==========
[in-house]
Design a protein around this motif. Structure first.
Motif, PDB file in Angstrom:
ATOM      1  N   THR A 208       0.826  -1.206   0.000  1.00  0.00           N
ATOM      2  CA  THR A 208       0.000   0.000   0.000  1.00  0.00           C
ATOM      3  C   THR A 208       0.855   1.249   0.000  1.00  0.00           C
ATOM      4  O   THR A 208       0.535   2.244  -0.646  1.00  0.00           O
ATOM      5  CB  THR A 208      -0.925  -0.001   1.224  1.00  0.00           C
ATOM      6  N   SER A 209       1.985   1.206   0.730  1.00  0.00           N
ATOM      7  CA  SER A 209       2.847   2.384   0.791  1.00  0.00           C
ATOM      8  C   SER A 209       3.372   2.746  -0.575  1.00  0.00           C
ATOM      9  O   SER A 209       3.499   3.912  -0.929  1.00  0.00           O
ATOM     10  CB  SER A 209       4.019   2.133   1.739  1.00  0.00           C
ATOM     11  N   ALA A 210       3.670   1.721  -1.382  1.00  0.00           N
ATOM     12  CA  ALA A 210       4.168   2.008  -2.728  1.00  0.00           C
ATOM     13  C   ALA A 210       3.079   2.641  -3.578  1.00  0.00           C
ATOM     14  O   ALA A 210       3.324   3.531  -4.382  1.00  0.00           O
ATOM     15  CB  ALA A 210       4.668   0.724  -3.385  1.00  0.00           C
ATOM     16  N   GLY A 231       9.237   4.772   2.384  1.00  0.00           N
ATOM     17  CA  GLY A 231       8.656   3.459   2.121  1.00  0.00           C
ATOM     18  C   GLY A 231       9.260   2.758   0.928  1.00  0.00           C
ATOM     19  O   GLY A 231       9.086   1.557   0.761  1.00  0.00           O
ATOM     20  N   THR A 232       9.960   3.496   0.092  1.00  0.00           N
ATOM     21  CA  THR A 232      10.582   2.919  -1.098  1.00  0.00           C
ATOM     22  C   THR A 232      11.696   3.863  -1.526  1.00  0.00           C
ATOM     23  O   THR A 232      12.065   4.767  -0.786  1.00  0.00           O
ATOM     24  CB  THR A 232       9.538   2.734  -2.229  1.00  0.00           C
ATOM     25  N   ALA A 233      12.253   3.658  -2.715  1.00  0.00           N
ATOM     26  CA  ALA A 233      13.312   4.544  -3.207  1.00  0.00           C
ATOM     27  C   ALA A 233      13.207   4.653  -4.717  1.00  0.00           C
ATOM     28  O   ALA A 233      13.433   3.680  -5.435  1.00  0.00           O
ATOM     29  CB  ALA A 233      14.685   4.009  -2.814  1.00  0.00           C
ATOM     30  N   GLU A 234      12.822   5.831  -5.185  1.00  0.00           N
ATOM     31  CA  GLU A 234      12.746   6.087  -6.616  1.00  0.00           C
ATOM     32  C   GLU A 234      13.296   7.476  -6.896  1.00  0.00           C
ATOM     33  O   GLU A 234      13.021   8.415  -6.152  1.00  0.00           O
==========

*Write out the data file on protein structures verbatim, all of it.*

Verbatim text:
[in-house]
Design a protein around this motif. Structure first.
Motif, PDB file in Angstrom:
ATOM      1  N   THR A 208       0.826  -1.206   0.000  1.00  0.00           N
ATOM      2  CA  THR A 208       0.000   0.000   0.000  1.00  0.00           C
ATOM      3  C   THR A 208       0.855   1.249   0.000  1.00  0.00           C
ATOM      4  O   THR A 208       0.535   2.244  -0.646  1.00  0.00           O
ATOM      5  CB  THR A 208      -0.925  -0.001   1.224  1.00  0.00           C
ATOM      6  N   SER A 209       1.985   1.206   0.730  1.00  0.00           N
ATOM      7  CA  SER A 209       2.847   2.384   0.791  1.00  0.00           C
ATOM      8  C   SER A 209       3.372   2.746  -0.575  1.00  0.00           C
ATOM      9  O   SER A 209       3.499   3.912  -0.929  1.00  0.00           O
ATOM     10  CB  SER A 209       4.019   2.133   1.739  1.00  0.00           C
ATOM     11  N   ALA A 210       3.670   1.721  -1.382  1.00  0.00           N
ATOM     12  CA  ALA A 210       4.168   2.008  -2.728  1.00  0.00           C
ATOM     13  C   ALA A 210       3.079   2.641  -3.578  1.00  0.00           C
ATOM     14  O   ALA A 210       3.324   3.531  -4.382  1.00  0.00           O
ATOM     15  CB  ALA A 210       4.668   0.724  -3.385  1.00  0.00           C
ATOM     16  N   GLY A 231       9.237   4.772   2.384  1.00  0.00           N
ATOM     17  CA  GLY A 231       8.656   3.459   2.121  1.00  0.00           C
ATOM     18  C   GLY A 231       9.260   2.758   0.928  1.00  0.00           C
ATOM     19  O   GLY A 231       9.086   1.557   0.761  1.00  0.00           O
ATOM     20  N   THR A 232       9.960   3.496   0.092  1.00  0.00           N
ATOM     21  CA  THR A 232      10.582   2.919  -1.098  1.00  0.00           C
ATOM     22  C   THR A 232      11.696   3.863  -1.526  1.00  0.00           C
ATOM     23  O   THR A 232      12.065   4.767  -0.786  1.00  0.00           O
ATOM     24  CB  THR A 232       9.538   2.734  -2.229  1.00  0.00           C
ATOM     25  N   ALA A 233      12.253   3.658  -2.715  1.00  0.00           N
ATOM     26  CA  ALA A 233      13.312   4.544  -3.207  1.00  0.00           C
ATOM     27  C   ALA A 233      13.207   4.653  -4.717  1.00  0.00           C
ATOM     28  O   ALA A 233      13.433   3.680  -5.435  1.00  0.00           O
ATOM     29  CB  ALA A 233      14.685   4.009  -2.814  1.00  0.00           C
ATOM     30  N   GLU A 234      12.822   5.831  -5.185  1.00  0.00           N
ATOM     31  CA  GLU A 234      12.746   6.087  -6.616  1.00  0.00           C
ATOM     32  C   GLU A 234      13.296   7.476  -6.896  1.00  0.00           C
ATOM     33  O   GLU A 234      13.021   8.415  -6.152  1.00  0.00           O